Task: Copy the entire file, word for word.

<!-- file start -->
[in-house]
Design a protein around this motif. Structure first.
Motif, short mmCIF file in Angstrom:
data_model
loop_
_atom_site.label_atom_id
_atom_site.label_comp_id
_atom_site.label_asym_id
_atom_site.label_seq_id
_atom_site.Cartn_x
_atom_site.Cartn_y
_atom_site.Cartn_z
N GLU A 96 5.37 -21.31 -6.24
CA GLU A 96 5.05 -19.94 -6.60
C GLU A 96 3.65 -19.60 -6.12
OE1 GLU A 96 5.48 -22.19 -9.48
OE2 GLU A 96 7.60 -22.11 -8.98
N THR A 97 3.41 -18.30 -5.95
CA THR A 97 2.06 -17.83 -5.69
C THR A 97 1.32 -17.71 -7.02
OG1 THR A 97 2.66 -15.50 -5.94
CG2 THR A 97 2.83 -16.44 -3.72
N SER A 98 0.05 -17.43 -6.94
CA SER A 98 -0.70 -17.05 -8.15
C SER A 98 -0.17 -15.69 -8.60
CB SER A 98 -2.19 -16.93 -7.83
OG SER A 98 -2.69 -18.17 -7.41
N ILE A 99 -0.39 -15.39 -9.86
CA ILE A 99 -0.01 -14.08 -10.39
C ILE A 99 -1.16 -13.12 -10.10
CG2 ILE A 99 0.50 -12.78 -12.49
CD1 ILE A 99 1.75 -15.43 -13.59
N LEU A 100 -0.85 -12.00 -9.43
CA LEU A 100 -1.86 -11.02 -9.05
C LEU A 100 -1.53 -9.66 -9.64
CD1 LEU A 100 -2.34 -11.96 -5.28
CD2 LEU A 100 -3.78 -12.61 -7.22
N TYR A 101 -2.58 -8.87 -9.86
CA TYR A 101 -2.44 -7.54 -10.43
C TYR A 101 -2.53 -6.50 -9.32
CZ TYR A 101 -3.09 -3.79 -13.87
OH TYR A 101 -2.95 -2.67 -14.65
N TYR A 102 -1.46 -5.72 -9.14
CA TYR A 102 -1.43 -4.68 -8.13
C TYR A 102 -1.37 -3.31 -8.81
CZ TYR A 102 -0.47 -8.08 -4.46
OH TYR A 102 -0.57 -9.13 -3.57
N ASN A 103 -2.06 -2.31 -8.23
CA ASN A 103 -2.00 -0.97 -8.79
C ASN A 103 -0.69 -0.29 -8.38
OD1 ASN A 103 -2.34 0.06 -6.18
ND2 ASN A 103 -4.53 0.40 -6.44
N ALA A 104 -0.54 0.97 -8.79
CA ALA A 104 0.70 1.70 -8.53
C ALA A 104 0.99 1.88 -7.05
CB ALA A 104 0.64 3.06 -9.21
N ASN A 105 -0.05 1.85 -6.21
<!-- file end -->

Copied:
[in-house]
Design a protein around this motif. Structure first.
Motif, short mmCIF file in Angstrom:
data_model
loop_
_atom_site.label_atom_id
_atom_site.label_comp_id
_atom_site.label_asym_id
_atom_site.label_seq_id
_atom_site.Cartn_x
_atom_site.Cartn_y
_atom_site.Cartn_z
N GLU A 96 5.37 -21.31 -6.24
CA GLU A 96 5.05 -19.94 -6.60
C GLU A 96 3.65 -19.60 -6.12
OE1 GLU A 96 5.48 -22.19 -9.48
OE2 GLU A 96 7.60 -22.11 -8.98
N THR A 97 3.41 -18.30 -5.95
CA THR A 97 2.06 -17.83 -5.69
C THR A 97 1.32 -17.71 -7.02
OG1 THR A 97 2.66 -15.50 -5.94
CG2 THR A 97 2.83 -16.44 -3.72
N SER A 98 0.05 -17.43 -6.94
CA SER A 98 -0.70 -17.05 -8.15
C SER A 98 -0.17 -15.69 -8.60
CB SER A 98 -2.19 -16.93 -7.83
OG SER A 98 -2.69 -18.17 -7.41
N ILE A 99 -0.39 -15.39 -9.86
CA ILE A 99 -0.01 -14.08 -10.39
C ILE A 99 -1.16 -13.12 -10.10
CG2 ILE A 99 0.50 -12.78 -12.49
CD1 ILE A 99 1.75 -15.43 -13.59
N LEU A 100 -0.85 -12.00 -9.43
CA LEU A 100 -1.86 -11.02 -9.05
C LEU A 100 -1.53 -9.66 -9.64
CD1 LEU A 100 -2.34 -11.96 -5.28
CD2 LEU A 100 -3.78 -12.61 -7.22
N TYR A 101 -2.58 -8.87 -9.86
CA TYR A 101 -2.44 -7.54 -10.43
C TYR A 101 -2.53 -6.50 -9.32
CZ TYR A 101 -3.09 -3.79 -13.87
OH TYR A 101 -2.95 -2.67 -14.65
N TYR A 102 -1.46 -5.72 -9.14
CA TYR A 102 -1.43 -4.68 -8.13
C TYR A 102 -1.37 -3.31 -8.81
CZ TYR A 102 -0.47 -8.08 -4.46
OH TYR A 102 -0.57 -9.13 -3.57
N ASN A 103 -2.06 -2.31 -8.23
CA ASN A 103 -2.00 -0.97 -8.79
C ASN A 103 -0.69 -0.29 -8.38
OD1 ASN A 103 -2.34 0.06 -6.18
ND2 ASN A 103 -4.53 0.40 -6.44
N ALA A 104 -0.54 0.97 -8.79
CA ALA A 104 0.70 1.70 -8.53
C ALA A 104 0.99 1.88 -7.05
CB ALA A 104 0.64 3.06 -9.21
N ASN A 105 -0.05 1.85 -6.21